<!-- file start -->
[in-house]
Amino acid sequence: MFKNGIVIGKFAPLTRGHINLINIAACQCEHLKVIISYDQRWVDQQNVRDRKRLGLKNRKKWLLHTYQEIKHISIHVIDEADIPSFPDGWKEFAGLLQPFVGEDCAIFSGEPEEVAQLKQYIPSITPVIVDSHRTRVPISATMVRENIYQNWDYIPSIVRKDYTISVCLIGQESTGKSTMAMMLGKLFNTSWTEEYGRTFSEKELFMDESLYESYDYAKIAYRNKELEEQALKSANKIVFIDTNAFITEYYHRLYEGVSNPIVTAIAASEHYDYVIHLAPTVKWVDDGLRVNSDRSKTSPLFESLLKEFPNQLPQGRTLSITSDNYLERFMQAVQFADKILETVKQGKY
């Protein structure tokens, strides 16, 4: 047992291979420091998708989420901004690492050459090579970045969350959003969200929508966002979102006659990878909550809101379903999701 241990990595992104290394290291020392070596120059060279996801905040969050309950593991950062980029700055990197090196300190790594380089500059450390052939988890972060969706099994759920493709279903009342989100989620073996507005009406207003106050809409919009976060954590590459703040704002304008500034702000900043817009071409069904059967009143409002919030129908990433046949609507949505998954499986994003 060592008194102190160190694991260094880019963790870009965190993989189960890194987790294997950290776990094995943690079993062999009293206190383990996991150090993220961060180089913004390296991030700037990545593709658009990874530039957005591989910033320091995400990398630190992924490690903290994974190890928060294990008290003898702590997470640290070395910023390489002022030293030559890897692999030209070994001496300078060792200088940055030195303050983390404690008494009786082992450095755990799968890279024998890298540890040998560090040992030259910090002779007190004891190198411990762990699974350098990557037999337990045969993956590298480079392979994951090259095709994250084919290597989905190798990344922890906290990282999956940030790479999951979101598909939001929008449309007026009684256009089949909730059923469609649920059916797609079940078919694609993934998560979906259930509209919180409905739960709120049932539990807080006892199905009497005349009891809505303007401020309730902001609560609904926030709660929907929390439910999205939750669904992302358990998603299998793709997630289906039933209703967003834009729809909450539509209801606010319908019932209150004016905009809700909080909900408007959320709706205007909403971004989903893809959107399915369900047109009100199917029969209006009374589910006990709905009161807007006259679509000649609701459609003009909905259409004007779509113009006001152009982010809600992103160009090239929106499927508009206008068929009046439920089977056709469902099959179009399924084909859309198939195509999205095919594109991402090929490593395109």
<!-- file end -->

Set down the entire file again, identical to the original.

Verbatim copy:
[in-house]
Amino acid sequence: MFKNGIVIGKFAPLTRGHINLINIAACQCEHLKVIISYDQRWVDQQNVRDRKRLGLKNRKKWLLHTYQEIKHISIHVIDEADIPSFPDGWKEFAGLLQPFVGEDCAIFSGEPEEVAQLKQYIPSITPVIVDSHRTRVPISATMVRENIYQNWDYIPSIVRKDYTISVCLIGQESTGKSTMAMMLGKLFNTSWTEEYGRTFSEKELFMDESLYESYDYAKIAYRNKELEEQALKSANKIVFIDTNAFITEYYHRLYEGVSNPIVTAIAASEHYDYVIHLAPTVKWVDDGLRVNSDRSKTSPLFESLLKEFPNQLPQGRTLSITSDNYLERFMQAVQFADKILETVKQGKY
């Protein structure tokens, strides 16, 4: 047992291979420091998708989420901004690492050459090579970045969350959003969200929508966002979102006659990878909550809101379903999701 241990990595992104290394290291020392070596120059060279996801905040969050309950593991950062980029700055990197090196300190790594380089500059450390052939988890972060969706099994759920493709279903009342989100989620073996507005009406207003106050809409919009976060954590590459703040704002304008500034702000900043817009071409069904059967009143409002919030129908990433046949609507949505998954499986994003 060592008194102190160190694991260094880019963790870009965190993989189960890194987790294997950290776990094995943690079993062999009293206190383990996991150090993220961060180089913004390296991030700037990545593709658009990874530039957005591989910033320091995400990398630190992924490690903290994974190890928060294990008290003898702590997470640290070395910023390489002022030293030559890897692999030209070994001496300078060792200088940055030195303050983390404690008494009786082992450095755990799968890279024998890298540890040998560090040992030259910090002779007190004891190198411990762990699974350098990557037999337990045969993956590298480079392979994951090259095709994250084919290597989905190798990344922890906290990282999956940030790479999951979101598909939001929008449309007026009684256009089949909730059923469609649920059916797609079940078919694609993934998560979906259930509209919180409905739960709120049932539990807080006892199905009497005349009891809505303007401020309730902001609560609904926030709660929907929390439910999205939750669904992302358990998603299998793709997630289906039933209703967003834009729809909450539509209801606010319908019932209150004016905009809700909080909900408007959320709706205007909403971004989903893809959107399915369900047109009100199917029969209006009374589910006990709905009161807007006259679509000649609701459609003009909905259409004007779509113009006001152009982010809600992103160009090239929106499927508009206008068929009046439920089977056709469902099959179009399924084909859309198939195509999205095919594109991402090929490593395109």